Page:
Decision fatigue is real. There is only a finite amount of willpower we each have per day. It is why after getting back from a day of 9-6 work you cannot bring yourself to start that passion project that you really want. Writing just a page of that novel. Just another colour on that canvas. Just one rep of that exercise routine. Why is there such a disconnect between our desire and our ability to execute? Do not worry - this is natural. You're fighting an uphill battle, and it's one you COULD tip in your favor - you just need to think a little differently. By simply moving the most important, decision-making tasks to the start of the day and saving the autopilot, minimum brain activity tasks
I learned physically based rendering (PBR) and non-physically based rendering (NPBR) when learning opengl and c++ for cg films and games. They are two directions for using computer graphics that are constantly being developed. PBR is mainly used for CG films and AAA games, generally needing to take more time and resources as well as massive rendering times to create. NPBR is generally used for avant-garde animations and most other games. Games have the requirement of having to run at a consistent frame rate - severely restringing the kinds of computation that can happen to display each and every frame. This means that other algorithms that approximate real life or stylize must be used to hav
The use of Software in the arts can be split int two categories. Production and Conception. The computer has been wonderful in significantly reducing the resources and time it takes to produce specific types of forms. It is an efficient tool for creative Production. Efficiency facilitates creativity by enabling more time for exploration as less time is spent for the final production. However for artists and designers, having a unique vision requires them to exceed the limitations of the tool. In software, to go beyond the limitations, it is necessary to customize existing tools or to write your very own software - to be unconstrained by the expectations of the software company or another pr
"Once we understand how things work, we have a chance to interact with them. Not with memorization or rote or politics, but with practical effort." - Seth Godin Creating a successful painting is very difficult. It requires a vivid mental final image, a thorough knowledge of the actions you will take, and a bullish execution of them. Even more difficult is to do 2 successful paintings, and then 3, and then 4 and so on.. until it becomes a practice. Until the process has become a mental one, a toolkit - a way of observing then abstracting what you see into shapes of colour that you apply in a specific way... Each painting is its own challenge and the learning process is never finished - but b
As an artist it is easy for me to work for days on end without much contact with the outside world - or with an internal virtual one, it is just me and the work that must be done. And as with a lot of other art, it's experimental in nature. You don't know the outcome, it's risky, it's difficult to plan for. The unique situation and implementation of your creative problems, nebulous goals, along with the large stretches of time you are not exposed to any new stimulus and the unknowable future may make you think you simply cannot do what it is you are required to. You hit a dead end. The answer is always that you shouldn't be doing it alone. Not in a 'get your friends and loved ones to help' k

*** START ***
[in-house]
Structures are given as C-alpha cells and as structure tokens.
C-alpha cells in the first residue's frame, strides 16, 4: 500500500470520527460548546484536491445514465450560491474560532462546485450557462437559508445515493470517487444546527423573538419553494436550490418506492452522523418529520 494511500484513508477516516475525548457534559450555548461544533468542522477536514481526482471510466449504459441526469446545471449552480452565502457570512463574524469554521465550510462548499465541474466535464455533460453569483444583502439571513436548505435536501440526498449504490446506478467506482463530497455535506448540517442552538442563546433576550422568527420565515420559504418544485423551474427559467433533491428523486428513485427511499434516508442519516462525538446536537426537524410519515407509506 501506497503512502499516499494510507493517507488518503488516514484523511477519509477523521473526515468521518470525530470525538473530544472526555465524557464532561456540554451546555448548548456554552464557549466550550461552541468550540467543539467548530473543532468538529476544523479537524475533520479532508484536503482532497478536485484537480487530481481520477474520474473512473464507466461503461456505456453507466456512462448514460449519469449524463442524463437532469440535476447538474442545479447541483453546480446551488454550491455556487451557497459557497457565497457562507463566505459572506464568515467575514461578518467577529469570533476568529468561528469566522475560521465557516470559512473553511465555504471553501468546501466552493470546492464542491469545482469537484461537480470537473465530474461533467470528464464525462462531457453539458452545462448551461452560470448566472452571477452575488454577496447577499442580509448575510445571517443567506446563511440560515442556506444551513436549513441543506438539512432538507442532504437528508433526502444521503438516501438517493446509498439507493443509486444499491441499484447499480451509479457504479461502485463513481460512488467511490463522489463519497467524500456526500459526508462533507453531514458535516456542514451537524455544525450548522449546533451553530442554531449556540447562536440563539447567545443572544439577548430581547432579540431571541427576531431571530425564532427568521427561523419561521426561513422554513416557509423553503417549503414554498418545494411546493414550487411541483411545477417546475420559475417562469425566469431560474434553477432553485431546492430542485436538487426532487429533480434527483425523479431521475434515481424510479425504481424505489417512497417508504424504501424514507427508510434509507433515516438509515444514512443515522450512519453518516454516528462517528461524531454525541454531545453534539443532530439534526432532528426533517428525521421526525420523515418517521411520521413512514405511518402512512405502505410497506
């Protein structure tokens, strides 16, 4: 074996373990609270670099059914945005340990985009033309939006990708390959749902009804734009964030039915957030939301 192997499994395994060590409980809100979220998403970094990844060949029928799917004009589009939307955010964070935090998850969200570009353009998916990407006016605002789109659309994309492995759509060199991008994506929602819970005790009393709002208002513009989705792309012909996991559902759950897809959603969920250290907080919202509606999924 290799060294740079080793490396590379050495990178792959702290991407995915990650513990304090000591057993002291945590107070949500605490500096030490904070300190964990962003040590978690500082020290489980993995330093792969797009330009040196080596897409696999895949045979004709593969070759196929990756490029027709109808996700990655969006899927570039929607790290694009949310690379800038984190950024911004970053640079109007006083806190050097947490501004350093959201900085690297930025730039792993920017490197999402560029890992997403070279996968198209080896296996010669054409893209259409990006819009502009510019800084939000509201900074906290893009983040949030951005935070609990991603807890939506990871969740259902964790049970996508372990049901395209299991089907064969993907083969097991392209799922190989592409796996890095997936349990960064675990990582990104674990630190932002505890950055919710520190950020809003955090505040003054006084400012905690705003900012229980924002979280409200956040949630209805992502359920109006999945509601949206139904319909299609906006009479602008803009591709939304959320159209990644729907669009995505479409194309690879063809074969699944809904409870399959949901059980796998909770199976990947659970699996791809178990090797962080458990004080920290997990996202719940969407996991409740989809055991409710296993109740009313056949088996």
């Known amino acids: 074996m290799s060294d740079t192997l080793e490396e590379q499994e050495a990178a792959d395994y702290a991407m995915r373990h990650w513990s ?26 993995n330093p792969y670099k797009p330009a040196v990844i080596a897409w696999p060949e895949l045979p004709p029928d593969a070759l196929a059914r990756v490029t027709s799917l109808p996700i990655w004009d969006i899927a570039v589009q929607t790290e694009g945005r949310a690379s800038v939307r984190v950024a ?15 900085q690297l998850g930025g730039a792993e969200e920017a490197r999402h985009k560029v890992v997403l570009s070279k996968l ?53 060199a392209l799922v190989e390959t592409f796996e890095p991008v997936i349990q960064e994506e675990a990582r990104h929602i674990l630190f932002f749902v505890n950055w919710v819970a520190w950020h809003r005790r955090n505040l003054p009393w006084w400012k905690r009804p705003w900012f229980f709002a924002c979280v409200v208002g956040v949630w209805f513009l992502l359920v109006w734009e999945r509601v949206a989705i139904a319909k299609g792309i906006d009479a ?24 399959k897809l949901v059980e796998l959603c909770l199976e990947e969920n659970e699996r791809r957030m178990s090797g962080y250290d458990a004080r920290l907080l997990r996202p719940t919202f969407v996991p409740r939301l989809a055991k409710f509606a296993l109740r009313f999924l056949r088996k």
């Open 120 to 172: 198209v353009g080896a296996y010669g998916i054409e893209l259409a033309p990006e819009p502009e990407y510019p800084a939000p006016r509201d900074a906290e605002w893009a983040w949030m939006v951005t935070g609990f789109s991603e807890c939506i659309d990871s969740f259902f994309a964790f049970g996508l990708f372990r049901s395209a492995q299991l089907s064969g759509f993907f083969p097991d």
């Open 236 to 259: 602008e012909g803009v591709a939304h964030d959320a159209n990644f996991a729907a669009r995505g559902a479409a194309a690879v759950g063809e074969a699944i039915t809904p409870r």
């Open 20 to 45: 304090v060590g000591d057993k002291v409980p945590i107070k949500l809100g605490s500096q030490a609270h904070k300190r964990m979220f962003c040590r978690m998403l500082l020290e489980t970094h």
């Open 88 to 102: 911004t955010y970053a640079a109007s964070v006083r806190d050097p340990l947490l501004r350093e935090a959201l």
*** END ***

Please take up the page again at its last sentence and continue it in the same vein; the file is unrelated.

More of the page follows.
Abstract Data Types, ADT's, are at the center of Object Oriented Programming. With this model you can essentially design conceptual 'objects' virtually. In C++ these are called classes. The interface design, the inner workings and the division of functionality between classes all need to be considered when creating a well designed piece of software - the solution to your problem. ADT's allow us to effectively manage complexity, software's primary imperative, by breaking it down. Without it we would be forced to use an ad-hoc approach, not necessarily a bad approach but one that doesn't afford the flexibility and self documentation that ADTs have. ADTs, when used effectively, are beautiful in
In Code Complete , Steve McConnell states that programming is a 'wicked' problem. A 'wicked' problem is a problem you do not know the solution to until you've built it. This reflects a very well known programming practice of: coding a prototype so you understand the problem, its boundaries, and discover all the unknown little bumps you didn't know about before then scrap it and code it properly.. Without the blueprint, the direction, to frame your solution you are just blindly cutting through the forest - it's only after you reached the other side that you realize how many bends you made. So next time you can make it a nice clean path to the finish. Makes sense. The solution depends on the p
Have you ever had to write an essay? How hard is it to know what to write when you are staring at that blank page? Where do you start? How do you say what you think? How do you say it well? Start by putting something down - anything. As sculptors cannot work without the material to shape, you cannot be creative without working with something, on something, shaping it. From that initial source, those first incoherent lines, you can begin to shape your argument. Not out of thin air but from volume, mass, material - fuel. Don't worry about it being perfect - you'll see to that further on, you're creative. Just create something and THEN start to get creative. You'd be surprised about what you'll